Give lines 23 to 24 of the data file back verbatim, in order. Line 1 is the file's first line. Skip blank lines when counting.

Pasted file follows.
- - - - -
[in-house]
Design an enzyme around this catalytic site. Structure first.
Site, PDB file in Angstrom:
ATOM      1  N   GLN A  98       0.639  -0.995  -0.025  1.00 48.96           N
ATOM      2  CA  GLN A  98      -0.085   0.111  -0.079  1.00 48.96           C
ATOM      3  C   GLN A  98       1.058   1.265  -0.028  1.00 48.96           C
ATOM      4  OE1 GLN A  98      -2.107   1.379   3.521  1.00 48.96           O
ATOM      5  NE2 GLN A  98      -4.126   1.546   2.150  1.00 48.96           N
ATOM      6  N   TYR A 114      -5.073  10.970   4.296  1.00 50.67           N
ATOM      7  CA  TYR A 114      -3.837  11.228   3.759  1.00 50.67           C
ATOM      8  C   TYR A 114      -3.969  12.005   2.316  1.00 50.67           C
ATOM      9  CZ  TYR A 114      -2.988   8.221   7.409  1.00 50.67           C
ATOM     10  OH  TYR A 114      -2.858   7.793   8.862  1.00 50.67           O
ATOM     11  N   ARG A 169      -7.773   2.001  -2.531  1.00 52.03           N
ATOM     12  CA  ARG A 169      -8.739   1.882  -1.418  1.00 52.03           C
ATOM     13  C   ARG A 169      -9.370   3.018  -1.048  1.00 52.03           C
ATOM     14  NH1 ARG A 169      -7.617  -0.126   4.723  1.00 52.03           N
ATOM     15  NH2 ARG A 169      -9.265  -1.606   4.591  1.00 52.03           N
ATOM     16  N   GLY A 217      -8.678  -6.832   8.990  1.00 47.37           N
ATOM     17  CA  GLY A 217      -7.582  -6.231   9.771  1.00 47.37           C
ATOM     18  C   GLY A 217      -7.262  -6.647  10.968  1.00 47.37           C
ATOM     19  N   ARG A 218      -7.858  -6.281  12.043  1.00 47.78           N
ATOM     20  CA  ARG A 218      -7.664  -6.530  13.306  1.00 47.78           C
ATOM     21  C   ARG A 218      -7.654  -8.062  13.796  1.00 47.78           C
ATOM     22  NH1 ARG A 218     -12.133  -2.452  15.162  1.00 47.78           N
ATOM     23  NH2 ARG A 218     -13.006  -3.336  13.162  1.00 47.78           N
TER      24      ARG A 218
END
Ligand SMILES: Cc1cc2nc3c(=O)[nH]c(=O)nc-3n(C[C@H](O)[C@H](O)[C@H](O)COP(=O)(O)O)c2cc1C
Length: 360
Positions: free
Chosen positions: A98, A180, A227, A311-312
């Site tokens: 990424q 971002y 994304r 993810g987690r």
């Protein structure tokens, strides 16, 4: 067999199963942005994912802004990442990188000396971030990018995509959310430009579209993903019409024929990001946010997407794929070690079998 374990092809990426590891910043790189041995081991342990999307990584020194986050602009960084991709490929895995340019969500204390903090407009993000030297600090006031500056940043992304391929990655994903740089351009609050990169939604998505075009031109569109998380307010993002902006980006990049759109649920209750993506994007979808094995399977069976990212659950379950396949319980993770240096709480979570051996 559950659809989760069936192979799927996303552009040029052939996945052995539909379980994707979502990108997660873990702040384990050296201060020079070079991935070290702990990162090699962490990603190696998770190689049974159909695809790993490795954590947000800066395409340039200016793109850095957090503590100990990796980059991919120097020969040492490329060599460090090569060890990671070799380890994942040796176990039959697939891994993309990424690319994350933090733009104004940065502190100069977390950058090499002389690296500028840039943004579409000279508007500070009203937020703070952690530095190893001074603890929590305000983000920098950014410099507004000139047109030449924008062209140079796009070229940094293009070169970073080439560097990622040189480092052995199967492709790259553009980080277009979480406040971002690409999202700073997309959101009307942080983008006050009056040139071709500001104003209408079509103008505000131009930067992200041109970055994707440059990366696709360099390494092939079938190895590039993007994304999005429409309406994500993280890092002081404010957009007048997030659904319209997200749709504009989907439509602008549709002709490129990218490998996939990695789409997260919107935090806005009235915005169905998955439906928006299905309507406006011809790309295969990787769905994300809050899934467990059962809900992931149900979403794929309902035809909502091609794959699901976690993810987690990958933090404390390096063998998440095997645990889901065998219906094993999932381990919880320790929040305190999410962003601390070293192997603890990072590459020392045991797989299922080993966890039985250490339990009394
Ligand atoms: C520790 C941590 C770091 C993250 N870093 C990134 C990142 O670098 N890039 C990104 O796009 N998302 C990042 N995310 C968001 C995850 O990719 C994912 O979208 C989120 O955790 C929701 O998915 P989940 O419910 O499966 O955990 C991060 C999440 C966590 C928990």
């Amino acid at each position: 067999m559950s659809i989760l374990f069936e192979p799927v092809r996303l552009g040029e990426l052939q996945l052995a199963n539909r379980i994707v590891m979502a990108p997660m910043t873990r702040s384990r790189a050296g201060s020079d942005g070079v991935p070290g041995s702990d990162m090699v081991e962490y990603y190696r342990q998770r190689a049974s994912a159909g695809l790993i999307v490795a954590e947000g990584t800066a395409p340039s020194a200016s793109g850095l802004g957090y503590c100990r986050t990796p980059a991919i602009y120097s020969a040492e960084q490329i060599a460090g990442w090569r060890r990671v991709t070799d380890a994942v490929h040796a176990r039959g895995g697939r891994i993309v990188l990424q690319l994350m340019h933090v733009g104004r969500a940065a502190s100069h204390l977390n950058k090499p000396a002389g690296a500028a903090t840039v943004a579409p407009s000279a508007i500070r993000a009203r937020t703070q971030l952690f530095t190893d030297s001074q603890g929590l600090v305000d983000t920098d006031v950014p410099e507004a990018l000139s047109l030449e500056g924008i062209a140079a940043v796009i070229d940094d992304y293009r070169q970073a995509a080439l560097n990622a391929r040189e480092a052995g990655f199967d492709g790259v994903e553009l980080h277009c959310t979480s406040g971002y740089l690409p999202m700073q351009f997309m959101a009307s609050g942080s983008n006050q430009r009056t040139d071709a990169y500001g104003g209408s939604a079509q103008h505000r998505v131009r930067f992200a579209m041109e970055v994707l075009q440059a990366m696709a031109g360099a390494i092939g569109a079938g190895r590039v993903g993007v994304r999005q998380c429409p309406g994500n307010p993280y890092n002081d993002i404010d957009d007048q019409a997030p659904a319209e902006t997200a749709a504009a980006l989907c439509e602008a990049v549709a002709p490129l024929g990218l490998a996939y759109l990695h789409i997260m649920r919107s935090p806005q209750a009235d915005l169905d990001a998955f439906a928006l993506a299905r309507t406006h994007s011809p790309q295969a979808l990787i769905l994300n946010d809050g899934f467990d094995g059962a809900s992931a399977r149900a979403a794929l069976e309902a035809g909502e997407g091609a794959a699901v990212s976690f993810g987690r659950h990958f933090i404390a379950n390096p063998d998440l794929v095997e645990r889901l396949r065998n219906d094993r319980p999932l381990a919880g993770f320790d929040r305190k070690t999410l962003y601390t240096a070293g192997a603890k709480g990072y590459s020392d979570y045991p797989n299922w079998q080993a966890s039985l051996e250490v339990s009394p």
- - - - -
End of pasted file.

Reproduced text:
ATOM     20  CA  ARG A 218      -7.664  -6.530  13.306  1.00 47.78           C
ATOM     21  C   ARG A 218      -7.654  -8.062  13.796  1.00 47.78           C